As the story continued I leaned more about it being a choice to make her so very stereotypical therapist, but there were certain spots where I wasn’t sure. The book always has the allure of gods and wherever they are real along for the ride, but it’s obvious the author doesn’t intend for it to be magical realism. But then it’s weird to bring in these people that can read others so well and how the therapist Mariana can «feel» a person’s anger like this:
“She felt a burning sensation in her stomach, a prickling in her skin – which she associated with anger.
But whose anger? Hers?
No – it was his.
His anger. Yes, she could feel it.”
Which doesn’t a good detective novel make, I would say, when there’s no clues to follow only the protagonist feeling other’s emotions. I think the character of Edward Fosca is the most well-done, when he is in focus or rather when Mariana here and there focuses on him as a suspect, yet we never get any reason behind his eccentric behaviour. He isn’t a difficult character to write, just make him a “The Secret History” professor mixed with a Hannibal poise and charm (even if seen through Mariana’s eyes) and make everyone constantly describe him as dazzling. He is the one that brings most of the good elements of Ancient Greek stories and this study group society of Maidens that is his special students who he controls, which also where the dark academia elements are. It’s obvious the author has studied at Cambridge, and so the setting in general and the lonely feeling it can be as a student is described well. So is the red tape you can get around if you know the right people, as is the basis of Mariana’s investigation as she’s not a detective. The twists were half-way obvious and half-way surprising, but it kind of ends on that note and nothing else that is out of bounds is ever explained. And in that way any depth Mariana might have given the other characters doesn’t linger, they don’t stand out on their own.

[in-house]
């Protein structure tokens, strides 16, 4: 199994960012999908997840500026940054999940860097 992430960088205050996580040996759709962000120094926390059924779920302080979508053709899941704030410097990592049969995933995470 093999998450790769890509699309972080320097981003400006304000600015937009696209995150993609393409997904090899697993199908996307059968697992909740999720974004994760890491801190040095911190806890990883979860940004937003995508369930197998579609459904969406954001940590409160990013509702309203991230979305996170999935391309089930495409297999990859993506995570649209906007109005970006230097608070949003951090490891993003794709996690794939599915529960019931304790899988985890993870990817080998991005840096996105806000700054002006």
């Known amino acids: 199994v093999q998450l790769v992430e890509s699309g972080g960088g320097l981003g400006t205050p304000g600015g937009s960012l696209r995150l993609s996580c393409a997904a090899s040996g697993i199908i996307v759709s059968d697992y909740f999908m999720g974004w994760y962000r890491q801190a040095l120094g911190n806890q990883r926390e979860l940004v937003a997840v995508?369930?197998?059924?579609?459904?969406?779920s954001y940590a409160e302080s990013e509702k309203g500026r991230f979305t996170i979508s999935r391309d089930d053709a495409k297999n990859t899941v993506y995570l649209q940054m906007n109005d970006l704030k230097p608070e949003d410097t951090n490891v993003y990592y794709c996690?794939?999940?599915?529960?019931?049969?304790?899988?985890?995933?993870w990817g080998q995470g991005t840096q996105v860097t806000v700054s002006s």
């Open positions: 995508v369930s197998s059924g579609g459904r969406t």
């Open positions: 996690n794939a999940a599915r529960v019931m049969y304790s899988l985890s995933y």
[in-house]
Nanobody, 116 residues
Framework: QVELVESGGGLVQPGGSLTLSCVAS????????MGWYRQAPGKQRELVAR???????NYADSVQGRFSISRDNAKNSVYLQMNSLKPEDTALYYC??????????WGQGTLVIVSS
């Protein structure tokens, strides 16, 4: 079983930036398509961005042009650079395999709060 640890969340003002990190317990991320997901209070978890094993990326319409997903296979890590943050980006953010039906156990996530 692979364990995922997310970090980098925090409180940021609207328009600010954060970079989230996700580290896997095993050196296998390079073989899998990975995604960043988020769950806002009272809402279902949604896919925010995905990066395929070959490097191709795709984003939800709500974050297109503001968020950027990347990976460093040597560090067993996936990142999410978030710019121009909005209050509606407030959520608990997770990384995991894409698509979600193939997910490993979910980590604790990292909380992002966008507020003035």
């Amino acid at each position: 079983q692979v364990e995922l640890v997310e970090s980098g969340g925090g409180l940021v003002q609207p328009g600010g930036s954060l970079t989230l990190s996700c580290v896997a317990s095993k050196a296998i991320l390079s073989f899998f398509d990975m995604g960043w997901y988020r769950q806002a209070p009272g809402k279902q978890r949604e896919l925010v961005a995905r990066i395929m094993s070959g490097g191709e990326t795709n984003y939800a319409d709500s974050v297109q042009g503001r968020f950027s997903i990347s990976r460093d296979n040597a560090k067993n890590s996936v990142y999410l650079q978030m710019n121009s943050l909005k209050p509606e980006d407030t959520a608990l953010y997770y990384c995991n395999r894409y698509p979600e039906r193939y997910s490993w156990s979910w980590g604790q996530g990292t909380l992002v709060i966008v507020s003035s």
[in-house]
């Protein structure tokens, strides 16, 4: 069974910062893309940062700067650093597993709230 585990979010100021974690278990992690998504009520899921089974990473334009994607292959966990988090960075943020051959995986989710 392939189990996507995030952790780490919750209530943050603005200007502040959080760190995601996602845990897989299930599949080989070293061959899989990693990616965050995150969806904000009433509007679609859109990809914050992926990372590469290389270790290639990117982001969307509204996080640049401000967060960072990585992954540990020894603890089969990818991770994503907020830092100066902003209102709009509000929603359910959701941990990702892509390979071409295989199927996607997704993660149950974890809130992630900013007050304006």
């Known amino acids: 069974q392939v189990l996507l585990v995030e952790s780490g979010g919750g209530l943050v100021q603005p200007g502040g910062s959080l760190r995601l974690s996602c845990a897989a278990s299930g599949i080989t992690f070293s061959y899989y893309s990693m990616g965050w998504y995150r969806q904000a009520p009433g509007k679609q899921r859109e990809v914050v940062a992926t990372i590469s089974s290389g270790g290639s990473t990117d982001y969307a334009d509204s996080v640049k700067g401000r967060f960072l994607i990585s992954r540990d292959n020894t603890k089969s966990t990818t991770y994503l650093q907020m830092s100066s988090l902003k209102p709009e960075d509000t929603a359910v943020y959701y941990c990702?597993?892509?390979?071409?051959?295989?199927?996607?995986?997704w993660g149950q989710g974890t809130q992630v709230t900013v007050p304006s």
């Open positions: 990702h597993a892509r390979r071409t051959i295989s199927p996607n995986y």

At a certain point, if you are to write a book which includes such truly gruesome acts as this did, it does the whole book a disservice to just throw it in as a reveal for the murderer and their backstory at the end. Also the young wealthy women of the Maidens have no reaction to when their classmates are being murdered, and whether they are next, and it’s never looked further into other than being pointed out and explained as a bad (maybe abusive is used? I don’t remember) group dynamic.
How did I feel reading this book: I read it quickly, but I was annoyed a lot of the time, some of the time I was impressed by the details and certain scenes, but it never lasted. I would not recommend this book and I now would say I disagree with the dark academia genre it has been thrown into as well. Murders happen in the “The Secret History” by Donna Tartt and others, but the whole focus is on the psychological obsessions and breakdowns in the group leading to it.
*About this obviously being written by a man; as I finished up the review it seems like a thing very many has picked up on. As this review from Natalie so perfectly puts it: “It is glaringly apparent Michaelides struggled to truly understand women and how they think and behave; their fears and motivators, and relegated them to orbiting around men and their influence.”
Genre: contemporary fiction, lgbt; gay & bi main characters, dark academia